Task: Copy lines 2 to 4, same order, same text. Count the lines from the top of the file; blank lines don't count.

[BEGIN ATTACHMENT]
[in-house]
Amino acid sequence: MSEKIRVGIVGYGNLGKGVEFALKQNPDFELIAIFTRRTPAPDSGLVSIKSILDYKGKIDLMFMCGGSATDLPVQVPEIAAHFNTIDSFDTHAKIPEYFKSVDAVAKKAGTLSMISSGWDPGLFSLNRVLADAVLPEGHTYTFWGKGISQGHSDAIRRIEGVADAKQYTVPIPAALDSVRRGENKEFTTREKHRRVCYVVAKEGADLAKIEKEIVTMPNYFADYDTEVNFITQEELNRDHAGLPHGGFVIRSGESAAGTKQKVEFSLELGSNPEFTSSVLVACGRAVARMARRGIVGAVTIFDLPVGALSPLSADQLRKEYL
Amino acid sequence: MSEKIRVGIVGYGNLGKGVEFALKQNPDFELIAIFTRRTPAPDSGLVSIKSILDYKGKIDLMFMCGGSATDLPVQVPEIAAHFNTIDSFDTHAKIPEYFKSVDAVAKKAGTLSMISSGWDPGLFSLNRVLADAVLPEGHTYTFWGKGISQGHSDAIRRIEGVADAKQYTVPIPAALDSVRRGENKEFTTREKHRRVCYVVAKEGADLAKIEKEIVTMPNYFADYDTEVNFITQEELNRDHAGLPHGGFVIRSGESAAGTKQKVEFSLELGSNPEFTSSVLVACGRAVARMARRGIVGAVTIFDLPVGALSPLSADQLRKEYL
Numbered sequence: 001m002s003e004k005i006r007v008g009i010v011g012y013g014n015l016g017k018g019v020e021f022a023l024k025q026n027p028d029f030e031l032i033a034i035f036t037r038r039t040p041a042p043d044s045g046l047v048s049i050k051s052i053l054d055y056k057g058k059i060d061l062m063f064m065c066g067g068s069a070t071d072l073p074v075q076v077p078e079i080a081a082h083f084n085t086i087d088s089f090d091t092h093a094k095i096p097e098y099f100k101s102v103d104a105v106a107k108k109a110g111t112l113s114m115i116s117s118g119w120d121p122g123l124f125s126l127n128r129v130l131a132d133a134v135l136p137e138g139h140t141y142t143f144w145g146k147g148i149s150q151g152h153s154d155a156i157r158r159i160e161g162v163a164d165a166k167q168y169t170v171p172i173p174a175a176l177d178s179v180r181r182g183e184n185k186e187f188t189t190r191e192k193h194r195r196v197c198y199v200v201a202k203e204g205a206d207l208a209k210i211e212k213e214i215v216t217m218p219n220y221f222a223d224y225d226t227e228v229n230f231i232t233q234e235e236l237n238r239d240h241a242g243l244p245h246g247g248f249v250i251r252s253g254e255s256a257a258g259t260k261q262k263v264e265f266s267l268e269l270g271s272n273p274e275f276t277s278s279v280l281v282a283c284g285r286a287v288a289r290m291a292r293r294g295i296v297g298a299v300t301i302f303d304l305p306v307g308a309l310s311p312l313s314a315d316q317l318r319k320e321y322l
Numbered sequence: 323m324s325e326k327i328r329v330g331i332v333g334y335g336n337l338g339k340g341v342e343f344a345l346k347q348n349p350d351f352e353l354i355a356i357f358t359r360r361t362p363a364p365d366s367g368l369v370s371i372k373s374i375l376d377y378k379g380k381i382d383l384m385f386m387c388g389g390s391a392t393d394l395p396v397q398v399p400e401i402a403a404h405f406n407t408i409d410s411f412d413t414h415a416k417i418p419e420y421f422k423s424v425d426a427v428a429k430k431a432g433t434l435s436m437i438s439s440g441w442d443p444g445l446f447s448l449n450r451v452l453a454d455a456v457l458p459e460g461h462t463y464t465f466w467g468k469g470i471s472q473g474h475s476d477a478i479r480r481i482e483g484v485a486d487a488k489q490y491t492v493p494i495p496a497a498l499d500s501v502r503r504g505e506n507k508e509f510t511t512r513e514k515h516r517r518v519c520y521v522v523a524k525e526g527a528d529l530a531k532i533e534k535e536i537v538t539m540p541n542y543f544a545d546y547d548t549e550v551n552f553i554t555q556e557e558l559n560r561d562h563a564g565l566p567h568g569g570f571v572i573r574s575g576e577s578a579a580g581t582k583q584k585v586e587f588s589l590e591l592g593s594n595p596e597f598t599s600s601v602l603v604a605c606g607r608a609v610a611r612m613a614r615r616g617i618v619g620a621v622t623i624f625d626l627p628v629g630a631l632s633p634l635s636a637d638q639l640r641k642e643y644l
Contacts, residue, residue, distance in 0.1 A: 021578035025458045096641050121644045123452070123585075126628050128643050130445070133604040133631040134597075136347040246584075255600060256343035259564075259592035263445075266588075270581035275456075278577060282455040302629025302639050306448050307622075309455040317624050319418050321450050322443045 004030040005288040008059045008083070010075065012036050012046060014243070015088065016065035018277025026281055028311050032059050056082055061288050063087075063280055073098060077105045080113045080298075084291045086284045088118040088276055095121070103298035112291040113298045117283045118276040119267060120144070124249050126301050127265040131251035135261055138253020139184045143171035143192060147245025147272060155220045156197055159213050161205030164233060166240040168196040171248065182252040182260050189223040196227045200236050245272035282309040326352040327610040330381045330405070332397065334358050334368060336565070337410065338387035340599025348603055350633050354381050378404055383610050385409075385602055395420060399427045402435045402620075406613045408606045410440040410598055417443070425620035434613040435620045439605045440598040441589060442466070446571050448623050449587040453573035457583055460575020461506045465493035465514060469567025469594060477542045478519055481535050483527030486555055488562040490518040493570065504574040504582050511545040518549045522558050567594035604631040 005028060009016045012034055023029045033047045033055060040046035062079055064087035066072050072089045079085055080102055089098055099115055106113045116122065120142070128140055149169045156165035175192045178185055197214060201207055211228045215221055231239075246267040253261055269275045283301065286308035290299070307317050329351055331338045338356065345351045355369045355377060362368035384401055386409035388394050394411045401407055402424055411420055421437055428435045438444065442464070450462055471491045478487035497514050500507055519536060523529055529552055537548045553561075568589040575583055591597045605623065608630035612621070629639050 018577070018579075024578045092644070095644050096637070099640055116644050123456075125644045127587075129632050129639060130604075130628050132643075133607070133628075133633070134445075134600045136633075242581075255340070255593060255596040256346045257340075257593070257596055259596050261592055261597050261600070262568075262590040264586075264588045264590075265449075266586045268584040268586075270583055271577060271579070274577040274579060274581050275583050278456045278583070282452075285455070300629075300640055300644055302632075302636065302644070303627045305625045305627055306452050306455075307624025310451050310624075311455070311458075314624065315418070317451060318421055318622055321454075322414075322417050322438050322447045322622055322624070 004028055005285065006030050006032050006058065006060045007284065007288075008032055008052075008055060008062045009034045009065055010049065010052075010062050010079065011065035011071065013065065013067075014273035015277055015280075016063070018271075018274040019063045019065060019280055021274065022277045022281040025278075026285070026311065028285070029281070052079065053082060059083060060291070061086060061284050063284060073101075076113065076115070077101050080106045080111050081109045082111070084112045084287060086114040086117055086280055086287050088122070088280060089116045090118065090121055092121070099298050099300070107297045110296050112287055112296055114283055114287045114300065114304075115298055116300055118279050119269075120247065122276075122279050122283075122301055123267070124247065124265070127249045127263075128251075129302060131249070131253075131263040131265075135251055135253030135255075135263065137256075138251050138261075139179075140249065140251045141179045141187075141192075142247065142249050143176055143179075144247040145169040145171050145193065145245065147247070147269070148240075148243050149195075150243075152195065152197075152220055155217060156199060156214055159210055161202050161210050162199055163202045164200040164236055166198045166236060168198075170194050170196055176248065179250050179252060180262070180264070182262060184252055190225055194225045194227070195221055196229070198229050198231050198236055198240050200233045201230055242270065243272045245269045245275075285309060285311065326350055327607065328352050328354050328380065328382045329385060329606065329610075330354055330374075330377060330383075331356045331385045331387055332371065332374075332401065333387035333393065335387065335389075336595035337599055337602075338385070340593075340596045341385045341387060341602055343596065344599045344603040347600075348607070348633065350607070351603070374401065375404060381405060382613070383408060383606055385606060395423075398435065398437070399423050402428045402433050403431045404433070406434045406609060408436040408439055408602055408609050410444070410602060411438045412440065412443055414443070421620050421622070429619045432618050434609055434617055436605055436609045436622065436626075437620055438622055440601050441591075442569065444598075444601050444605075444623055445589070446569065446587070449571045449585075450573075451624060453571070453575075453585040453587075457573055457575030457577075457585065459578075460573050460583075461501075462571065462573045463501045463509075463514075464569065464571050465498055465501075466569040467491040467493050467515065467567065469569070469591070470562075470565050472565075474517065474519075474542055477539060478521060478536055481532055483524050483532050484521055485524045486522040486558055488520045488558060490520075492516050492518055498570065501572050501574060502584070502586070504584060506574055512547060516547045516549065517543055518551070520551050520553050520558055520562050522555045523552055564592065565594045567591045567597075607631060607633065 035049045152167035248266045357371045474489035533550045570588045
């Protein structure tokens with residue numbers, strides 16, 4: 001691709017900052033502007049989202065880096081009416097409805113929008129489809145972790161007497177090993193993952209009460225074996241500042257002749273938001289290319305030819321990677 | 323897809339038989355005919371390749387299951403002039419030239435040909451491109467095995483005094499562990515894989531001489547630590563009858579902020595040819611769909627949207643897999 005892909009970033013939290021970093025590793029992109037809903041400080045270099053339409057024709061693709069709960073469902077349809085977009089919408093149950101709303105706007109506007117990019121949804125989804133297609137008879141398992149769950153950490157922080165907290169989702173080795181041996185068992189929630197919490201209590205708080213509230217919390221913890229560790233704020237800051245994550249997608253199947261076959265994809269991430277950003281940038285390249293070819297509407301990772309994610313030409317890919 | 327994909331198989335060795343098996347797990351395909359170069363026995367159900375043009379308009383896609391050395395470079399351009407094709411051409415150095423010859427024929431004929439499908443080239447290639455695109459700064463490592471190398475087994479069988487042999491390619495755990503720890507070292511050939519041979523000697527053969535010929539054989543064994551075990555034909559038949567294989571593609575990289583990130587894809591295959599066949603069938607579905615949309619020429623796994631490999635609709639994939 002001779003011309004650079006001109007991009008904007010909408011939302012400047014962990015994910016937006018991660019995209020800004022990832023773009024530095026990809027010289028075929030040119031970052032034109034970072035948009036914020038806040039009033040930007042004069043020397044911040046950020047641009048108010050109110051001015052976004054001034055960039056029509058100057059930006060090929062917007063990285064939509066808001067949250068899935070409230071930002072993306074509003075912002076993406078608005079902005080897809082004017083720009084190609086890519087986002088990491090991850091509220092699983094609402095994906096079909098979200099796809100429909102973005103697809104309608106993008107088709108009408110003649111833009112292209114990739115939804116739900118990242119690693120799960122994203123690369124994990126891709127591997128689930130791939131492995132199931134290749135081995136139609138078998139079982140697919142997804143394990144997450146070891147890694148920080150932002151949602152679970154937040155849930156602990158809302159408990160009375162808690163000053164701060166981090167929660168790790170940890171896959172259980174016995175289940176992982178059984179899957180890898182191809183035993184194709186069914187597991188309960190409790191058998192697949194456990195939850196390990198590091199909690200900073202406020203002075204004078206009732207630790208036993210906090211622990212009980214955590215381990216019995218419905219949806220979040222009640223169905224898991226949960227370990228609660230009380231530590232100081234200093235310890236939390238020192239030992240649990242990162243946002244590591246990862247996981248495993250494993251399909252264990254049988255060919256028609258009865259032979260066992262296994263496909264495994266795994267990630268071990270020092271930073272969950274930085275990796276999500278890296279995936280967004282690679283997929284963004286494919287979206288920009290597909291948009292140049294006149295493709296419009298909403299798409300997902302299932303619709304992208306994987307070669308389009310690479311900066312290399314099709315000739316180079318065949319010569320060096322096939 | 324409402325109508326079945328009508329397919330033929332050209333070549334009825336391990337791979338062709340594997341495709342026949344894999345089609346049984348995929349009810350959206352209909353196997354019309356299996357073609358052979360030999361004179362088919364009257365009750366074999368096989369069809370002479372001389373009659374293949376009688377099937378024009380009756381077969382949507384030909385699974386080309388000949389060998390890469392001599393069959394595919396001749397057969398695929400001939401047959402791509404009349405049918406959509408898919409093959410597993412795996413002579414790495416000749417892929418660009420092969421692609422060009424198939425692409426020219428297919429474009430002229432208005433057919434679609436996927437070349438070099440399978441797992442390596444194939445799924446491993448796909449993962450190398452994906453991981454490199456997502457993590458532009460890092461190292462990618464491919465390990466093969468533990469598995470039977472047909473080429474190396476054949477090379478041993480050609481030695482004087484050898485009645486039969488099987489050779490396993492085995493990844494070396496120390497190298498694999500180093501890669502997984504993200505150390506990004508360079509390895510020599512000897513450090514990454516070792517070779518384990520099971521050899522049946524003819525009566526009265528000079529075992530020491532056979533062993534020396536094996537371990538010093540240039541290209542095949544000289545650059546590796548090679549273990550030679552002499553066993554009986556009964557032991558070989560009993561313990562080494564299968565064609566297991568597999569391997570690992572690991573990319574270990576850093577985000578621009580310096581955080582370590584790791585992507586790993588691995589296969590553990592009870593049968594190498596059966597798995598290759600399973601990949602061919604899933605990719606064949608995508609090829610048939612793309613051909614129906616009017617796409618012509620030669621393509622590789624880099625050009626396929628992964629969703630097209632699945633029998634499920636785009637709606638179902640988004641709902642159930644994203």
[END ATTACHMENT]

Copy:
Amino acid sequence: MSEKIRVGIVGYGNLGKGVEFALKQNPDFELIAIFTRRTPAPDSGLVSIKSILDYKGKIDLMFMCGGSATDLPVQVPEIAAHFNTIDSFDTHAKIPEYFKSVDAVAKKAGTLSMISSGWDPGLFSLNRVLADAVLPEGHTYTFWGKGISQGHSDAIRRIEGVADAKQYTVPIPAALDSVRRGENKEFTTREKHRRVCYVVAKEGADLAKIEKEIVTMPNYFADYDTEVNFITQEELNRDHAGLPHGGFVIRSGESAAGTKQKVEFSLELGSNPEFTSSVLVACGRAVARMARRGIVGAVTIFDLPVGALSPLSADQLRKEYL
Amino acid sequence: MSEKIRVGIVGYGNLGKGVEFALKQNPDFELIAIFTRRTPAPDSGLVSIKSILDYKGKIDLMFMCGGSATDLPVQVPEIAAHFNTIDSFDTHAKIPEYFKSVDAVAKKAGTLSMISSGWDPGLFSLNRVLADAVLPEGHTYTFWGKGISQGHSDAIRRIEGVADAKQYTVPIPAALDSVRRGENKEFTTREKHRRVCYVVAKEGADLAKIEKEIVTMPNYFADYDTEVNFITQEELNRDHAGLPHGGFVIRSGESAAGTKQKVEFSLELGSNPEFTSSVLVACGRAVARMARRGIVGAVTIFDLPVGALSPLSADQLRKEYL
Numbered sequence: 001m002s003e004k005i006r007v008g009i010v011g012y013g014n015l016g017k018g019v020e021f022a023l024k025q026n027p028d029f030e031l032i033a034i035f036t037r038r039t040p041a042p043d044s045g046l047v048s049i050k051s052i053l054d055y056k057g058k059i060d061l062m063f064m065c066g067g068s069a070t071d072l073p074v075q076v077p078e079i080a081a082h083f084n085t086i087d088s089f090d091t092h093a094k095i096p097e098y099f100k101s102v103d104a105v106a107k108k109a110g111t112l113s114m115i116s117s118g119w120d121p122g123l124f125s126l127n128r129v130l131a132d133a134v135l136p137e138g139h140t141y142t143f144w145g146k147g148i149s150q151g152h153s154d155a156i157r158r159i160e161g162v163a164d165a166k167q168y169t170v171p172i173p174a175a176l177d178s179v180r181r182g183e184n185k186e187f188t189t190r191e192k193h194r195r196v197c198y199v200v201a202k203e204g205a206d207l208a209k210i211e212k213e214i215v216t217m218p219n220y221f222a223d224y225d226t227e228v229n230f231i232t233q234e235e236l237n238r239d240h241a242g243l244p245h246g247g248f249v250i251r252s253g254e255s256a257a258g259t260k261q262k263v264e265f266s267l268e269l270g271s272n273p274e275f276t277s278s279v280l281v282a283c284g285r286a287v288a289r290m291a292r293r294g295i296v297g298a299v300t301i302f303d304l305p306v307g308a309l310s311p312l313s314a315d316q317l318r319k320e321y322l